The Carney-backed deal passed the Senate last month, 17-3. The measure is now awaiting action in the House — where it could remain for some time.
House Speaker Pete Schwartzkopf, D-Rehoboth Beach, has been outspoken about his opposition to the bill in its current form. He’s also frustrated House leaders were not briefed on the negotiations before the final bill reached the chamber.
“I don’t understand why we’re trying to commit ourselves to a $20 million bill when we could be looking at a possible deficit again next year,” he said. “Even if you had a $1 million deficit at each casino and you doubled it, that’s still only $6 million.”
Schwartzkopf said he plans to take his time bringing the current proposal to the floor.
“I’m not doing anything until we figure out what we’re doing with some of these other big money things that people want to do,” he said. “It will get a hearing eventually and an up-or-down vote. But I’m not going to vote for a bill like this.”
The speaker indicated he might be open to a tax cut roughly half the size of what’s been proposed. That, at least, would allow the General Assembly more breathing room to address other funding requests.
“We took 20 percent away from our nonprofits last year,” he said, referring to an across-the-board cut to the Legislature’s Grant-In-Aid funding. “If this bill passes, that’s $20 million off the table that we can’t use to replace any of the money that we took away last year. To me grant-in-aid is the priority.”
Restoration of cuts
Those comments are music to the ears of Sheila Bravo, CEO of the Delaware Alliance for Nonprofit Advancement.
The group represents hundreds of organizations that saw their state funding cut by a combined $8 million in the waning days of last year’s legislative calendar. At that time, lawmakers needed to close a $400 million budget hole. Volunteer fire companies also were hit by the cuts.
“For a lot of our members, those cuts meant they had to eliminate hours or positions,” she said. “We understand that legislators have to make tough decisions, but that doesn’t mean the demand for services goes away. And when that demand isn’t being met by nonprofits, it only increases costs for the government.”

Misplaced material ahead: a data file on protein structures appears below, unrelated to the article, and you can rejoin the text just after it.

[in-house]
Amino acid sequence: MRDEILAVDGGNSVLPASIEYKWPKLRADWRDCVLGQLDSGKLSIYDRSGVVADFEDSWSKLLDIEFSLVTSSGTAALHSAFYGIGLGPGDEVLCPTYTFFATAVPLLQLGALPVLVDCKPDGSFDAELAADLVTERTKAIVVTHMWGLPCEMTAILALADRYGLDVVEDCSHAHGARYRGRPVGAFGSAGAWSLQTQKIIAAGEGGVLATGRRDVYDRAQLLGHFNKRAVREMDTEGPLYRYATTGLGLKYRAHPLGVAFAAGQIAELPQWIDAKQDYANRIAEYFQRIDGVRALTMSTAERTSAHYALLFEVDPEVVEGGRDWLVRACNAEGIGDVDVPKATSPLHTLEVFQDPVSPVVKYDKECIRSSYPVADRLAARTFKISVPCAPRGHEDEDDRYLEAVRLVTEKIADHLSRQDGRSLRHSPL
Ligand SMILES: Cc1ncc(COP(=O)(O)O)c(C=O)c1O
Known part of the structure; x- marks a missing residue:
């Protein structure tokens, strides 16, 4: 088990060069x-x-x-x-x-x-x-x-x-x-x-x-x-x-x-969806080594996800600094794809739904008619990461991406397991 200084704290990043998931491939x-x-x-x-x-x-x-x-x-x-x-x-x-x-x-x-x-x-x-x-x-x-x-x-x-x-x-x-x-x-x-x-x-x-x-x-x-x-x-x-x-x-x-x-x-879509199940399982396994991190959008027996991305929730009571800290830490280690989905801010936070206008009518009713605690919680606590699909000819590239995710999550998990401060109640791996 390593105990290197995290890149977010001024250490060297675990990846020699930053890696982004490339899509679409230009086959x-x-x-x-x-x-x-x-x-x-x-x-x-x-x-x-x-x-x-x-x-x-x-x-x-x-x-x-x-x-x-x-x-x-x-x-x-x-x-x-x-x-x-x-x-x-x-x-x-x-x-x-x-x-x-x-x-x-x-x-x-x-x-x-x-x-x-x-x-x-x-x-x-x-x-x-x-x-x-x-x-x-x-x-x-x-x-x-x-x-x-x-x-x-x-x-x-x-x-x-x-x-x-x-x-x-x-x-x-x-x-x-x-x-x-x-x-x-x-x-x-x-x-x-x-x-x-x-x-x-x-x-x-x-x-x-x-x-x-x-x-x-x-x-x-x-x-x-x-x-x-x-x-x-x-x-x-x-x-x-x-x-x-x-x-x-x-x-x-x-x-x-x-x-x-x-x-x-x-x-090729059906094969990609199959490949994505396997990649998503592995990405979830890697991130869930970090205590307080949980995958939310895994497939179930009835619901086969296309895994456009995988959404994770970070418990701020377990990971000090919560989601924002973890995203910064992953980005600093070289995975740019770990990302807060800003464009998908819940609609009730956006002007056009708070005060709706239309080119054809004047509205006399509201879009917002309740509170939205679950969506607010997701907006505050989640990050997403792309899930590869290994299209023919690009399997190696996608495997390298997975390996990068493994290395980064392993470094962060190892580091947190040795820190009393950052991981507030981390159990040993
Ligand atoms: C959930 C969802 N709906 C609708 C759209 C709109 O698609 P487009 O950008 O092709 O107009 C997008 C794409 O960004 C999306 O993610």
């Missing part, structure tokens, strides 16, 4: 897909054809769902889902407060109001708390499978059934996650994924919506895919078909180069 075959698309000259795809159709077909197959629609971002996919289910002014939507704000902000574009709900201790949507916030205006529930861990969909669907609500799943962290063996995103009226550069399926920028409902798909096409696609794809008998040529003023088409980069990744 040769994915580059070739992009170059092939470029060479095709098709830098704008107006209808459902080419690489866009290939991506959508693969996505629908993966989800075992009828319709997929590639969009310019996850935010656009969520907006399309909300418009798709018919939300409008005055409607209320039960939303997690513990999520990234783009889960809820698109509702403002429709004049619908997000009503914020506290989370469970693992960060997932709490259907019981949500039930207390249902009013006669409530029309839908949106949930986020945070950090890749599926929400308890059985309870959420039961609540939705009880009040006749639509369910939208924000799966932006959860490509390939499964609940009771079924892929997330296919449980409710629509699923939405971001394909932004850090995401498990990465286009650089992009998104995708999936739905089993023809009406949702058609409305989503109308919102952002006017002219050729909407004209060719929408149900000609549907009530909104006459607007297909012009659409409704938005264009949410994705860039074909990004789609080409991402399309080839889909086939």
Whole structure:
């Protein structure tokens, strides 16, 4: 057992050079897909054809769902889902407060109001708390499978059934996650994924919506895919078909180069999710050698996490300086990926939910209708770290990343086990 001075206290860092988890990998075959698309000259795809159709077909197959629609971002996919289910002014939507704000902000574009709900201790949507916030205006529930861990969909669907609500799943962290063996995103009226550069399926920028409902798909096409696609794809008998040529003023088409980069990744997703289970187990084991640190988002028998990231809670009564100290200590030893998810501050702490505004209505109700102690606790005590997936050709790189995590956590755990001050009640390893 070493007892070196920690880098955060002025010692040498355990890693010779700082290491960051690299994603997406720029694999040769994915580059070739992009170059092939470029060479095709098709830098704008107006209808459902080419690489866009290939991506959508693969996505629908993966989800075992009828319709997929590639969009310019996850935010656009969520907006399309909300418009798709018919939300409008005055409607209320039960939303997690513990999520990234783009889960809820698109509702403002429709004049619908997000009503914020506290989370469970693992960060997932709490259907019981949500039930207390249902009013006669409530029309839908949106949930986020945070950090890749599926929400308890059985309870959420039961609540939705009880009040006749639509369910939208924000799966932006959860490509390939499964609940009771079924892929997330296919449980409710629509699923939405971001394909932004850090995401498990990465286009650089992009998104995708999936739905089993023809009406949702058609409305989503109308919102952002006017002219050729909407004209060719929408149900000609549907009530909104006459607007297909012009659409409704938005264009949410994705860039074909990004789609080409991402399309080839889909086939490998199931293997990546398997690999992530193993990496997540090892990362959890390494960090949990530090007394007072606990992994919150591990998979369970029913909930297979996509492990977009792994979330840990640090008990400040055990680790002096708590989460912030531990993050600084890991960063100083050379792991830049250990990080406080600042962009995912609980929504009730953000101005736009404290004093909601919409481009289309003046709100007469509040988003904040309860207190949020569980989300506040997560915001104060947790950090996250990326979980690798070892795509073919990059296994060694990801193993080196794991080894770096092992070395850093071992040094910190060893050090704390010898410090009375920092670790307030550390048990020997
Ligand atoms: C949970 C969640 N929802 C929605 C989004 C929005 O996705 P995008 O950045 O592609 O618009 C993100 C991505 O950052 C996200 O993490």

They are not the only ones looking to have state dollars cut last year replenished.
Public school superintendents say they are looking to have the $26 million cut from last year’s education budget restored, for instance.
“We don’t always agree on everything but all 19 of us have signed on for this to be our top priority,” said Heath Chasanov, head of the Delaware Chief School Officers Association and superintendent of Woodbridge School District.
Many districts, he said, opted to cover the loss of those funds by eliminating positions. Woodbridge, the small four-school district that straddles the Kent-Sussex county line, reduced its staffing by five teachers, an administrator and a custodian.
“We’re realists and we recognize restoring the full amount in one year is probably not doable,” Chasanov said. “But we would at least like to see us get back the $11 million that the General Assembly cut on the very last day.”
Real estate brokers in Delaware do not get state funding. But a hike in the state’s real estate transfer tax last year is having a chilling effect on the local market, according to the Delaware Association of Realtors.
To help break an impasse that caused the General Assembly to miss its June 30 budget deadline for the first time in decades, lawmakers last year voted to raise the levy on real estate sales a full percentage point to 4 percent — one of the highest rates in the country. That hike is expected to generate roughly $73 million next year.
“Taking that money off the top is keeping both new homebuyers out of the market and reducing the inventory,” DAR President Bayard Williams said. “Current homeowners can’t afford to pay it twice, once when they buy a new home and again when they sell the home they’re in now. That means they’re staying put.”
JFC member Rep. Mike Ramone, R-Pike Creek, pointed to next year’s anticipated influx of cash as clear evidence the real estate transfer tax hike was not needed.
A bill he introduced in January would eliminate last year’s increase altogether. That measure has not come up for a vote in the House.
Instead, lawmakers are more likely to pass a bill sponsored by Schwartzkopf that would exclude first-time homebuyers from having to pay their half of the real estate tax increase — a proposal that would carry a more manageable $5-million price tag.
“To me, our first priority should be righting the wrongs of last year,” Ramone said. “Once those are taken care of we should then look to help those most in need who are being squeezed and last should be new spending. We can do a little of each but that should be the order of priority.”
Despite reservations about undertaking large projects, a few major new funding requests appear to have broad support.
Two seek to enhance services for children and adults with developmental disabilities.